Egypt's press barons

I promised a while back that I would discuss the ongoing rumors that Egypt's press barons--the chairmen-cum-editors-in-chief of the state-owned press groups--would soon be replaced. Although that rumor began shortly before the referendum (with some people thinking it was a way to pressure the barons to avoid all negative coverage of that day), it has since then retreated after the expected change did not take place, with most people saying it had been delayed for after the elections. Until, that is, last Saturday, when the head of the Akhbar Al Youm press group resigned in an editorial in his newspaper. You can read the details in my story for Cairo magazine, with sample reactions in the press.

This was the biggest story in the Egyptian press alongside Condoleeza Rice's visit this week, and it's not about to go away. What almost all commentators hit upon is right: the state-owned press, including prestigious newspapers like Al Ahram, is sick. Decades of self-censorship, corruption, nepotism and sheer incompetence have taken their toll. The other interesting thing that has come out of this is that it is pitting the old press barons against the leadership of the NDP and more specifically the powerful former minister of information, Safwat Al Sherif. A lot of this hints at growing internal rifts within the regime among its various power centers, with key actors such as Sherif (who epitomizes the old style Egyptian apparatchik) battling for survival. It also sheds light for the first time on how these things work in practice, with journalists revealing for instance that these editors were summoned by the presidential chief of staff and told they would be going. Kremlinologists of the Egyptian regime would do well to follow this story.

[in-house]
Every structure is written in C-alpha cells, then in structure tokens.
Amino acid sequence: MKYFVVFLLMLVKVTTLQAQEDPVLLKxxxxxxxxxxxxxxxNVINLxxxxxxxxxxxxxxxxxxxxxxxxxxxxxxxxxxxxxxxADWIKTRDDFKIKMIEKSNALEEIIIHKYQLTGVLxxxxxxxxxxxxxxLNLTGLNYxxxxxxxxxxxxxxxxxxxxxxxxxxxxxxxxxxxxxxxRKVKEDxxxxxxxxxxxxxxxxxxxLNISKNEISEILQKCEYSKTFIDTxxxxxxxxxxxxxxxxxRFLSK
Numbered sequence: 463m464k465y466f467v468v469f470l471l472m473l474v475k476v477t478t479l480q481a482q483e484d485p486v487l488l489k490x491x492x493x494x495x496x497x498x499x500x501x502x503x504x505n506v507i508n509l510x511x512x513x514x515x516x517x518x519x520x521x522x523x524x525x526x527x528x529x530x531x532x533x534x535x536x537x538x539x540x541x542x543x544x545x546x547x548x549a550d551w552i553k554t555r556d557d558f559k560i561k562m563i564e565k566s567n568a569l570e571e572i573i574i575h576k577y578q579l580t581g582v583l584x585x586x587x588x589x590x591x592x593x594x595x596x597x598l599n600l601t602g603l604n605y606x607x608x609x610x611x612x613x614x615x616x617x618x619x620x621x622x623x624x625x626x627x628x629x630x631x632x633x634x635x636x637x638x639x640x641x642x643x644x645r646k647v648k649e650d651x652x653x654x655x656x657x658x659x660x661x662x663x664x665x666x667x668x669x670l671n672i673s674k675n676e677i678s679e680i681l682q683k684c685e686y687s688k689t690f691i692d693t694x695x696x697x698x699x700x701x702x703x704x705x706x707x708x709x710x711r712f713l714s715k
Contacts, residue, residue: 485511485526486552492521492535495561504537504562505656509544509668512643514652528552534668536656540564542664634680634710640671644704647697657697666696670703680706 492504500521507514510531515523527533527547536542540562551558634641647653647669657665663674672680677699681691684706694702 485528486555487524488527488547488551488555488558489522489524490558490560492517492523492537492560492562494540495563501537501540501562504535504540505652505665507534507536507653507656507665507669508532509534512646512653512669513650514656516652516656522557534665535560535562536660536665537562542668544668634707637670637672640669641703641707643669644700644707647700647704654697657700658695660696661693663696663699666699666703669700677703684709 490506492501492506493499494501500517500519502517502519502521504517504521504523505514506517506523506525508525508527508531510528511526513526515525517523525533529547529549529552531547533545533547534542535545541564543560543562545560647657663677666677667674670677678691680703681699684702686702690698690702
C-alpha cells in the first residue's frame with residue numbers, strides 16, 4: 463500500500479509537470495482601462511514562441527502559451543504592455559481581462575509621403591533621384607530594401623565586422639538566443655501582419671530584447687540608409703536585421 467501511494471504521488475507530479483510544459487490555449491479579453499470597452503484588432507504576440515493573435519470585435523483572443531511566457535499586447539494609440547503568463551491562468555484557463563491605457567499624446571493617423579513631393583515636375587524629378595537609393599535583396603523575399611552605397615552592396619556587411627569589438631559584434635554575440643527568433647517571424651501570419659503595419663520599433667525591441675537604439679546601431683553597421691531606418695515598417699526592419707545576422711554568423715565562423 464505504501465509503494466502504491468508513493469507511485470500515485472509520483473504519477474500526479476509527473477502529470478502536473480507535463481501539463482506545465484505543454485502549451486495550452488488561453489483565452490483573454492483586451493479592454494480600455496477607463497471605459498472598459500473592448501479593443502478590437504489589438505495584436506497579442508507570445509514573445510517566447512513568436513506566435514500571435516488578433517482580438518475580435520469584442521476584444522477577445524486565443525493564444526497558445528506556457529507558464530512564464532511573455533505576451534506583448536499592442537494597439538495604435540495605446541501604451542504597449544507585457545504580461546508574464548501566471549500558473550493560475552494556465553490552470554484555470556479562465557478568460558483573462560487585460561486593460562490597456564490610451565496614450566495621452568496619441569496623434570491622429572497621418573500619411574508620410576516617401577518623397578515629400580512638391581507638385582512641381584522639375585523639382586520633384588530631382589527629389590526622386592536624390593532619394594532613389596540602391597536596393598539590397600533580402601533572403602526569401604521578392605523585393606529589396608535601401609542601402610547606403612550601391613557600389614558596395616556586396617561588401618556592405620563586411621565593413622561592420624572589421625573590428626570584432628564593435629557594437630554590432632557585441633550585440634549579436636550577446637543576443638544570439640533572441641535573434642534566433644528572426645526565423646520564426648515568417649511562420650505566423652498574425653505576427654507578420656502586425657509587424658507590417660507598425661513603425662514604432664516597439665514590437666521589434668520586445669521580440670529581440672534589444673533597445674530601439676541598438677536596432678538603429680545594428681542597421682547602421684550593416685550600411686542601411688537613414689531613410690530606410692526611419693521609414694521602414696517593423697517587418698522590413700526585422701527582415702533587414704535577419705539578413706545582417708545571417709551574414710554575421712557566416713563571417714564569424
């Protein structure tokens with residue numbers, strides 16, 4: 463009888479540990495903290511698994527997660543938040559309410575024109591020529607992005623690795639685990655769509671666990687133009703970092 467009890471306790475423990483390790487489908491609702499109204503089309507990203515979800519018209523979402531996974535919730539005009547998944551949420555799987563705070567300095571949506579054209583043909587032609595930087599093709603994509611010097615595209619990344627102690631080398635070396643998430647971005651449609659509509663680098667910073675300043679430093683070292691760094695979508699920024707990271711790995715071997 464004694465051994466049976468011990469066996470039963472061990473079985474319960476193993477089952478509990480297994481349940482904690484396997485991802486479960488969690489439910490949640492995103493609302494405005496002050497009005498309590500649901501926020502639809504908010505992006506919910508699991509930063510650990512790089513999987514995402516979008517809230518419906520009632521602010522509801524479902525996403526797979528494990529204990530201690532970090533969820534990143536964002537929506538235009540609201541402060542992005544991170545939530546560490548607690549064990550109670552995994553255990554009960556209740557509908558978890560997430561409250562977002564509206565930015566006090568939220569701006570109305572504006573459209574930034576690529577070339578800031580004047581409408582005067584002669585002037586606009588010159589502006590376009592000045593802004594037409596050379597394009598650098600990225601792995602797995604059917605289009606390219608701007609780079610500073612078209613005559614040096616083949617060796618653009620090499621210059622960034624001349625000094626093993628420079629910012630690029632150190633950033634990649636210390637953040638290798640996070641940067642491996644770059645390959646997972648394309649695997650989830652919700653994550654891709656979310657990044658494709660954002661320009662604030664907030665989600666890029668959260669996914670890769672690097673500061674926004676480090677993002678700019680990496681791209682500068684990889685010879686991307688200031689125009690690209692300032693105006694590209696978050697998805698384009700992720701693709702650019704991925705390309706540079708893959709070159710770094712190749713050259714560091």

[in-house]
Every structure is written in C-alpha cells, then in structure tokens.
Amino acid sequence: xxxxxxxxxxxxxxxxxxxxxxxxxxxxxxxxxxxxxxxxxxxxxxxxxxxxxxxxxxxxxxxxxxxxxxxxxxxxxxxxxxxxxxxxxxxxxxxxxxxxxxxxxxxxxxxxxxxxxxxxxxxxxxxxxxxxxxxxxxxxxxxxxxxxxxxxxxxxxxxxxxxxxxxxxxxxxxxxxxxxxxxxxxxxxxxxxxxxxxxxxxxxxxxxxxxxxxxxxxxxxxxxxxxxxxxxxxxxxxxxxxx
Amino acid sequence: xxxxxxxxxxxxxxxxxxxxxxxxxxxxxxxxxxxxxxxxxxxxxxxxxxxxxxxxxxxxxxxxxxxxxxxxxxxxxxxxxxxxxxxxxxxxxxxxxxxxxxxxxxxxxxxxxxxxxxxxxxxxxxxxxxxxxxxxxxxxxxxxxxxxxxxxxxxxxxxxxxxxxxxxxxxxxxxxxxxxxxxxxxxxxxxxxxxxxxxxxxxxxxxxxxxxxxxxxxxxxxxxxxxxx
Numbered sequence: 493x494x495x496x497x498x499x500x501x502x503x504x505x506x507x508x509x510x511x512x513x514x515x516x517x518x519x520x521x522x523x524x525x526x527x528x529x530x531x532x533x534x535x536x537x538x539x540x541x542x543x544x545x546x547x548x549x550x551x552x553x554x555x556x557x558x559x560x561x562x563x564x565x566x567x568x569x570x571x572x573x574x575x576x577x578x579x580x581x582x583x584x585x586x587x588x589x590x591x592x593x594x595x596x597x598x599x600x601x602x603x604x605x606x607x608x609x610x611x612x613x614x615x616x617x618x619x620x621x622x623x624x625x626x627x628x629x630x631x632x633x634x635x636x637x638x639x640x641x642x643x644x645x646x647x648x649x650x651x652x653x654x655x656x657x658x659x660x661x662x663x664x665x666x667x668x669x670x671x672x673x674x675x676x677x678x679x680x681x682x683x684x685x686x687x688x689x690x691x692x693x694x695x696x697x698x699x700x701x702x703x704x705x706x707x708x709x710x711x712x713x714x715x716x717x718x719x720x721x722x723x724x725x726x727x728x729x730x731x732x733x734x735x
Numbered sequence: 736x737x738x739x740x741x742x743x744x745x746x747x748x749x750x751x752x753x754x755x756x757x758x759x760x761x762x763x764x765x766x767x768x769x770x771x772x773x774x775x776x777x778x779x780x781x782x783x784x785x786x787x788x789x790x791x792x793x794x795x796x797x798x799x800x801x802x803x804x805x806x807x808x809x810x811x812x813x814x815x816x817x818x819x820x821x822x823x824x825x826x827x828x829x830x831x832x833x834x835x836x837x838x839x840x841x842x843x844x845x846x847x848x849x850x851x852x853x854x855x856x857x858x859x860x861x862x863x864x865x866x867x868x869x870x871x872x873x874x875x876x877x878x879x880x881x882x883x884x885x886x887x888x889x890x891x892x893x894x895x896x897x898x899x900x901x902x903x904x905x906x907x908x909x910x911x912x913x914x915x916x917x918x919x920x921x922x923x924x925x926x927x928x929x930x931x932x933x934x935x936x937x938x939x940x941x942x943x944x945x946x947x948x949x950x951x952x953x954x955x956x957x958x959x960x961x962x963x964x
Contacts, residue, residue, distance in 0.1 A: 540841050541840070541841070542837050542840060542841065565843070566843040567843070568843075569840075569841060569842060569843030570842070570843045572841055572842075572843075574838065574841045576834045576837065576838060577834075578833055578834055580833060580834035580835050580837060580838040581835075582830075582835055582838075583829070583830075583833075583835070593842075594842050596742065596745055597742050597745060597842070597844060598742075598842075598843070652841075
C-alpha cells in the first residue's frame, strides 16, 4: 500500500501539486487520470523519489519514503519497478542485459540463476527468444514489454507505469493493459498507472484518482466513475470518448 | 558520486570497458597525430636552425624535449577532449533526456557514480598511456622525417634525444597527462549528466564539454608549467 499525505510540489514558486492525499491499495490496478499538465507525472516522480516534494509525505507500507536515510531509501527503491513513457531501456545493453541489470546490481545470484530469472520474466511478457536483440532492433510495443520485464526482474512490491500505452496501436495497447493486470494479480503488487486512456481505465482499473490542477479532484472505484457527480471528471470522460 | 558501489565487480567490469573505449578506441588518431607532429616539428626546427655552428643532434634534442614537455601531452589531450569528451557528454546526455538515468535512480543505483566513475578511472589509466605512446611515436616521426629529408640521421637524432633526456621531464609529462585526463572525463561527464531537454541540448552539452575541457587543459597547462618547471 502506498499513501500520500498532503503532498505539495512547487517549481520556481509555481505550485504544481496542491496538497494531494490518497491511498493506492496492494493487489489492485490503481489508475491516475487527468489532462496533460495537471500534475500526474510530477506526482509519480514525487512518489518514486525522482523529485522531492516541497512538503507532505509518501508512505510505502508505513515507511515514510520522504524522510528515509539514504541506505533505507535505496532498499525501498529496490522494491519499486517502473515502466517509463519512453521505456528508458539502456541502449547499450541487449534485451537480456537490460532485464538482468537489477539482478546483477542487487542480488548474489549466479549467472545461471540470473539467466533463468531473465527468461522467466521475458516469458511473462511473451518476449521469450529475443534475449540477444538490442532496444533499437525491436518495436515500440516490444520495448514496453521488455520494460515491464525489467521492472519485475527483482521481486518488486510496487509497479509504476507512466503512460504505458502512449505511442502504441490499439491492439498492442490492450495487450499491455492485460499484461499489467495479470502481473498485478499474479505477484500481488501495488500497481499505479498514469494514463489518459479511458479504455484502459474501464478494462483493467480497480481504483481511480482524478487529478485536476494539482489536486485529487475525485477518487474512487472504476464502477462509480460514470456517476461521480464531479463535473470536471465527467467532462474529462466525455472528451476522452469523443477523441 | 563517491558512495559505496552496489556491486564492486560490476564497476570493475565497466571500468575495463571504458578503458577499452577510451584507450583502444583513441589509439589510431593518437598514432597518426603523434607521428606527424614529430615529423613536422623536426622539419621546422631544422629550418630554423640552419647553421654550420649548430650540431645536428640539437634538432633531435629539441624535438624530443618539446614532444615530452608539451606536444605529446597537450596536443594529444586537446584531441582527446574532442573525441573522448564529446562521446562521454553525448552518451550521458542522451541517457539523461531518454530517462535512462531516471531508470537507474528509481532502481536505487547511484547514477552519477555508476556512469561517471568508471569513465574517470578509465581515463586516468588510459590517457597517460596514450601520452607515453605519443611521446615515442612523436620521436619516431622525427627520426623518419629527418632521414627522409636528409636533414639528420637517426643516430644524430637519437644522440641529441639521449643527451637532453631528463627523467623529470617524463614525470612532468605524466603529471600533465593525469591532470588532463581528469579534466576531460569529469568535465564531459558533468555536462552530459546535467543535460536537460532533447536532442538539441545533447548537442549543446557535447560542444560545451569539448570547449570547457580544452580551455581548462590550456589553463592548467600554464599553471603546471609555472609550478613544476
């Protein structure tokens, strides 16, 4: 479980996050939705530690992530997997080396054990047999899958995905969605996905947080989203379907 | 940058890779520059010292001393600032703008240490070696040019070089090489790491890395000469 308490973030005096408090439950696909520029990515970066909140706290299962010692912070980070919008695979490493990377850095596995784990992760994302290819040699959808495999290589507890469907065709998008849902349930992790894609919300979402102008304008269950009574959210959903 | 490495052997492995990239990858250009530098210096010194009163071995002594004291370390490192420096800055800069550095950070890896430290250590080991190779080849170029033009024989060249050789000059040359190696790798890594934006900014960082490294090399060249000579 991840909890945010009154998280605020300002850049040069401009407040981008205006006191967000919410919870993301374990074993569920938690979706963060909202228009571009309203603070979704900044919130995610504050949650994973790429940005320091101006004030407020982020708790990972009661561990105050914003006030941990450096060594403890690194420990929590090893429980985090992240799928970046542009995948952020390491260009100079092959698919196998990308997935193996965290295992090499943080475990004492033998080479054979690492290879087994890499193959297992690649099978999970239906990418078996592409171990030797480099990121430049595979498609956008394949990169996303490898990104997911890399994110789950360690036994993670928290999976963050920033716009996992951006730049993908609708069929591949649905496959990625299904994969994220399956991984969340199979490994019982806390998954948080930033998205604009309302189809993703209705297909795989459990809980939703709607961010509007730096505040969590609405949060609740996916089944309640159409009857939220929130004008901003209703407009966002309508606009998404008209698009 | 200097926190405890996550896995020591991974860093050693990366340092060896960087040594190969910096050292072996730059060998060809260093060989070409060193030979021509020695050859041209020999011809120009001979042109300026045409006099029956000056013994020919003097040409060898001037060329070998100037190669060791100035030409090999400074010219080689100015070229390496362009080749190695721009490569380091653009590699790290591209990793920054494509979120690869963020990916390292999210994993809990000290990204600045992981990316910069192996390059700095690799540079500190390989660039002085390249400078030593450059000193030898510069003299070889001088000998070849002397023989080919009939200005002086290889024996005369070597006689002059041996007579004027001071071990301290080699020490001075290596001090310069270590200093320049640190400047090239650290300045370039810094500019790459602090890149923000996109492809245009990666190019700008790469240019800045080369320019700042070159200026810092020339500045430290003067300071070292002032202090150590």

Issandr El Amrani

Issandr El Amrani is a Cairo-based writer and consultant. His reporting and commentary on the Middle East and North Africa has appeared in The Economist, London Review of Books, Financial Times, The National, The Guardian, Time and other publications. He also publishes one of the longest-running blog in the region,